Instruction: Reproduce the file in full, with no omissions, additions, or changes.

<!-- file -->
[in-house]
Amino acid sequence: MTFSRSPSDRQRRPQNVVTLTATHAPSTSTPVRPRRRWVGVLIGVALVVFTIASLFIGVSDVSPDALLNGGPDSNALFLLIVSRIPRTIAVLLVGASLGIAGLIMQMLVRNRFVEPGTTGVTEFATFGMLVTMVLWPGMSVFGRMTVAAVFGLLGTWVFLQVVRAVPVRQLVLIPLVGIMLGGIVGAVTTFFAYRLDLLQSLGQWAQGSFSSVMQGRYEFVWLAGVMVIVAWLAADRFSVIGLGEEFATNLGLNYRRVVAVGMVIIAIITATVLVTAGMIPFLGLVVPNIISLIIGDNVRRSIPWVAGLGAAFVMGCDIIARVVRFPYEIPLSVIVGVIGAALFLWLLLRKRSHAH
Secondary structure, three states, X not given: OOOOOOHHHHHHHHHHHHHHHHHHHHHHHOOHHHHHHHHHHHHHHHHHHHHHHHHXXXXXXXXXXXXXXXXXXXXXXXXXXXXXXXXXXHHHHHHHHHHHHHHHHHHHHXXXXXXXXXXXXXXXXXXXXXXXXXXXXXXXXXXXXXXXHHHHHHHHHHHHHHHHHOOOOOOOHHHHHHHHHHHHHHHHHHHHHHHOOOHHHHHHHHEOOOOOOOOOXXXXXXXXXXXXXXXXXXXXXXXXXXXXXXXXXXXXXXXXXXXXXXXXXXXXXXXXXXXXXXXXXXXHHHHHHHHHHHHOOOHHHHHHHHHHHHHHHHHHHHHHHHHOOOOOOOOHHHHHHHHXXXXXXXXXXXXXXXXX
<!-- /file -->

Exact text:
[in-house]
Amino acid sequence: MTFSRSPSDRQRRPQNVVTLTATHAPSTSTPVRPRRRWVGVLIGVALVVFTIASLFIGVSDVSPDALLNGGPDSNALFLLIVSRIPRTIAVLLVGASLGIAGLIMQMLVRNRFVEPGTTGVTEFATFGMLVTMVLWPGMSVFGRMTVAAVFGLLGTWVFLQVVRAVPVRQLVLIPLVGIMLGGIVGAVTTFFAYRLDLLQSLGQWAQGSFSSVMQGRYEFVWLAGVMVIVAWLAADRFSVIGLGEEFATNLGLNYRRVVAVGMVIIAIITATVLVTAGMIPFLGLVVPNIISLIIGDNVRRSIPWVAGLGAAFVMGCDIIARVVRFPYEIPLSVIVGVIGAALFLWLLLRKRSHAH
Secondary structure, three states, X not given: OOOOOOHHHHHHHHHHHHHHHHHHHHHHHOOHHHHHHHHHHHHHHHHHHHHHHHHXXXXXXXXXXXXXXXXXXXXXXXXXXXXXXXXXXHHHHHHHHHHHHHHHHHHHHXXXXXXXXXXXXXXXXXXXXXXXXXXXXXXXXXXXXXXXHHHHHHHHHHHHHHHHHOOOOOOOHHHHHHHHHHHHHHHHHHHHHHHOOOHHHHHHHHEOOOOOOOOOXXXXXXXXXXXXXXXXXXXXXXXXXXXXXXXXXXXXXXXXXXXXXXXXXXXXXXXXXXXXXXXXXXXHHHHHHHHHHHHOOOHHHHHHHHHHHHHHHHHHHHHHHHHOOOOOOOOHHHHHHHHXXXXXXXXXXXXXXXXX